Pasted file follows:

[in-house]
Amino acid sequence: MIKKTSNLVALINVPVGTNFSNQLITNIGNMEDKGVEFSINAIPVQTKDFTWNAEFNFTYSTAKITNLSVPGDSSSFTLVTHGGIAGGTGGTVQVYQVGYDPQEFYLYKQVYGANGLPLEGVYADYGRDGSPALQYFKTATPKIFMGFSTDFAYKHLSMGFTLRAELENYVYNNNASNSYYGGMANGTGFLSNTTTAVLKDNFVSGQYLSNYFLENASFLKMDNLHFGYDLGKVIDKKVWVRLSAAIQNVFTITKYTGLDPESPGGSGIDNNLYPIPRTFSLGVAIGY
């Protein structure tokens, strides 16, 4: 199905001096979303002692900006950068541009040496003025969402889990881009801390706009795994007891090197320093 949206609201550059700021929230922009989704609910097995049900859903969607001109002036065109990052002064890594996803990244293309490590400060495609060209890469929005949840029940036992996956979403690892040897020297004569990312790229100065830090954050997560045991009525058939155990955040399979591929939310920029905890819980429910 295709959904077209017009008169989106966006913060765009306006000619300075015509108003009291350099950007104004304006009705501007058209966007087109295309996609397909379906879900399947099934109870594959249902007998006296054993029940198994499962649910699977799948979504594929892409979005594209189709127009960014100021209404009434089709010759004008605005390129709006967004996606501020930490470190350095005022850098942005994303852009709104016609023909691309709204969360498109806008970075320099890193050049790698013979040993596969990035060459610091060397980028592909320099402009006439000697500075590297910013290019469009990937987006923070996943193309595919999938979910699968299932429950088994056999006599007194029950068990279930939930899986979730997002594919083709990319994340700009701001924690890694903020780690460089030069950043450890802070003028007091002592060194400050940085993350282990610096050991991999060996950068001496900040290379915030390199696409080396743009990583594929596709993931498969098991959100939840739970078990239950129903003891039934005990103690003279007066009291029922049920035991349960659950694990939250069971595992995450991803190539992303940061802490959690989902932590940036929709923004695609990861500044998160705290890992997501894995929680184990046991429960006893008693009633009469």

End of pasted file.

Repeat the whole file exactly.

[in-house]
Amino acid sequence: MIKKTSNLVALINVPVGTNFSNQLITNIGNMEDKGVEFSINAIPVQTKDFTWNAEFNFTYSTAKITNLSVPGDSSSFTLVTHGGIAGGTGGTVQVYQVGYDPQEFYLYKQVYGANGLPLEGVYADYGRDGSPALQYFKTATPKIFMGFSTDFAYKHLSMGFTLRAELENYVYNNNASNSYYGGMANGTGFLSNTTTAVLKDNFVSGQYLSNYFLENASFLKMDNLHFGYDLGKVIDKKVWVRLSAAIQNVFTITKYTGLDPESPGGSGIDNNLYPIPRTFSLGVAIGY
């Protein structure tokens, strides 16, 4: 199905001096979303002692900006950068541009040496003025969402889990881009801390706009795994007891090197320093 949206609201550059700021929230922009989704609910097995049900859903969607001109002036065109990052002064890594996803990244293309490590400060495609060209890469929005949840029940036992996956979403690892040897020297004569990312790229100065830090954050997560045991009525058939155990955040399979591929939310920029905890819980429910 295709959904077209017009008169989106966006913060765009306006000619300075015509108003009291350099950007104004304006009705501007058209966007087109295309996609397909379906879900399947099934109870594959249902007998006296054993029940198994499962649910699977799948979504594929892409979005594209189709127009960014100021209404009434089709010759004008605005390129709006967004996606501020930490470190350095005022850098942005994303852009709104016609023909691309709204969360498109806008970075320099890193050049790698013979040993596969990035060459610091060397980028592909320099402009006439000697500075590297910013290019469009990937987006923070996943193309595919999938979910699968299932429950088994056999006599007194029950068990279930939930899986979730997002594919083709990319994340700009701001924690890694903020780690460089030069950043450890802070003028007091002592060194400050940085993350282990610096050991991999060996950068001496900040290379915030390199696409080396743009990583594929596709993931498969098991959100939840739970078990239950129903003891039934005990103690003279007066009291029922049920035991349960659950694990939250069971595992995450991803190539992303940061802490959690989902932590940036929709923004695609990861500044998160705290890992997501894995929680184990046991429960006893008693009633009469």